The check mark gave it a semblance of legitimacy, but there is a popular Twitter account linked to Pulitzer Prize-winning author Cormac McCarthy. “Way” And “no country for old men,” His agent said on Monday that it was not fake from being verified.
Account, @CormacMcCrthy, had gained over 49,000 followers since being created in September 2018 by someone pretending to be Mr. McCarthy, a storyteller who had a reputed hatred of computers.
The voice on Twitter was an unfamiliar one for fans of Mr McCarthy’s prose, who is known for his intense and sometimes hurtful narratives that often pit good versus evil.
Things like kombucha, TikTok and Disney+ were tweeted about, with their drooling and hoarse voice garnering thousands of retweets and likes.
The tone was out of character for Mr. McCarthy, whose books are often framed by themes of death and gritty imagery, from a venomous rattlesnake in the Mojave desert to a psychopathic killer whose primary means of execution is to kill cattle. It is a bolt gun.
When writing about the mercenaries sitting around the fire in the southwest in “Blood Meridian”, he set out the scene:
“The flames were seen in the air and the embers became fainter and darker and fainter and darker as if the beating of the blood of a living creature had fallen to the ground before them and they saw the fire which contained some of the men themselves, because they are less without it and are divided from their origins and exiled,” he wrote.
posting on twitter, however, appeared to be a chore for the man pretending to be Mr. McCarthy.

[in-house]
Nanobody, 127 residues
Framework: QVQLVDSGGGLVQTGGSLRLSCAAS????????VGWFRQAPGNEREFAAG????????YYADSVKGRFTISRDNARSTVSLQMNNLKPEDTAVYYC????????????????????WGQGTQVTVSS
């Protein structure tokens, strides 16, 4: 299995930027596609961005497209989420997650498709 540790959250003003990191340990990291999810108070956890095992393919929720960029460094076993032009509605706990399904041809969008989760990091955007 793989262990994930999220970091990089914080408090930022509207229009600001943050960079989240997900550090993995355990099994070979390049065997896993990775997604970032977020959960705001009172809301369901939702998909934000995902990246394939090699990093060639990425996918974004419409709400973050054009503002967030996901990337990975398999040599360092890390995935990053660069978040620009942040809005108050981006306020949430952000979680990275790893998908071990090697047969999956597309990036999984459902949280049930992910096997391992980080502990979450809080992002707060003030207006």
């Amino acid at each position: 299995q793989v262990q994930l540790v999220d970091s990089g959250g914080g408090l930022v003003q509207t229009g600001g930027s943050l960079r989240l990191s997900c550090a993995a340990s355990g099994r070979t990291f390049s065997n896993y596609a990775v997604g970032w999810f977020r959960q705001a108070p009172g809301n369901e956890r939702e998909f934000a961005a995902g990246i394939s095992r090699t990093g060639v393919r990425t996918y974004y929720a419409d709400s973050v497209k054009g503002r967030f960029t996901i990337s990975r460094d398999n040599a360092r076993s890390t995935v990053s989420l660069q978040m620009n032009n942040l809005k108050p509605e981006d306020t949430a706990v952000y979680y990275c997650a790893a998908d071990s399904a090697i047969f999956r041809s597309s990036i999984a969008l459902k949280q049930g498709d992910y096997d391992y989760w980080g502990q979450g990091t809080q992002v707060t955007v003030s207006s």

Stephen King Had some fun with the author of the tweet, who cast 88-year-old Mr. McCarthy as a social media newbie trying to please an often-mentioned publicist named Terry.
“My publicists are in my case regarding my rare use of this monstrous website,” the person wrote on Friday, drawing widespread attention to the account. “He says engagement is down and so is the metrics and something that cares there I wrote a tweet are you happy now Terry.”
Mr. King signaled his approval two days later. “I don’t know if Terry is there, but I am,” he wrote.
Paul Bogards, a spokesman for Mr McCarthy’s publisher, Knopf Doubleday Publishing Group, said on Monday that the account was bogus.
“We are in the process of alerting our partners on Twitter,” he said. “Obviously, their verification process is not bulletproof.”
Mr McCarthy’s agent Amanda Urban said: “It’s definitely not Cormack.”
A Twitter representative said Monday that “the account referenced was verified in error and has since been reversed.”
As of Monday afternoon, the white check mark in the blue badge – the designation for verified accounts used by celebrities, writers, politicians and journalists – had been removed.
It was unclear how long the account was verified. Twitter did not respond to questions about how the mistake happened. Going forward, the company said, it would require the account to comply with its policy that parody or fan accounts have labels.
Twitter itself once chose to verify the accounts of famous people. Check marks have become somewhat of a status symbol on social media platforms and are intended to differentiate celebrities from impersonators. Now, users can apply to verify their accounts.
This wasn’t the first fuss over Mr McCarthy’s social media footprint – or lack thereof.
in 2012, the Atlantic The report said an unpublished writer from Scotland impersonated Mr McCarthy on Twitter, which attracted the attention of novelist Margaret Atwood and Twitter’s founder and current CEO Jack Dorsey, before the fake account was suspended.
At that time, Mr. Dorsey account welcomed And boasting, “We have the best writers in the world here.”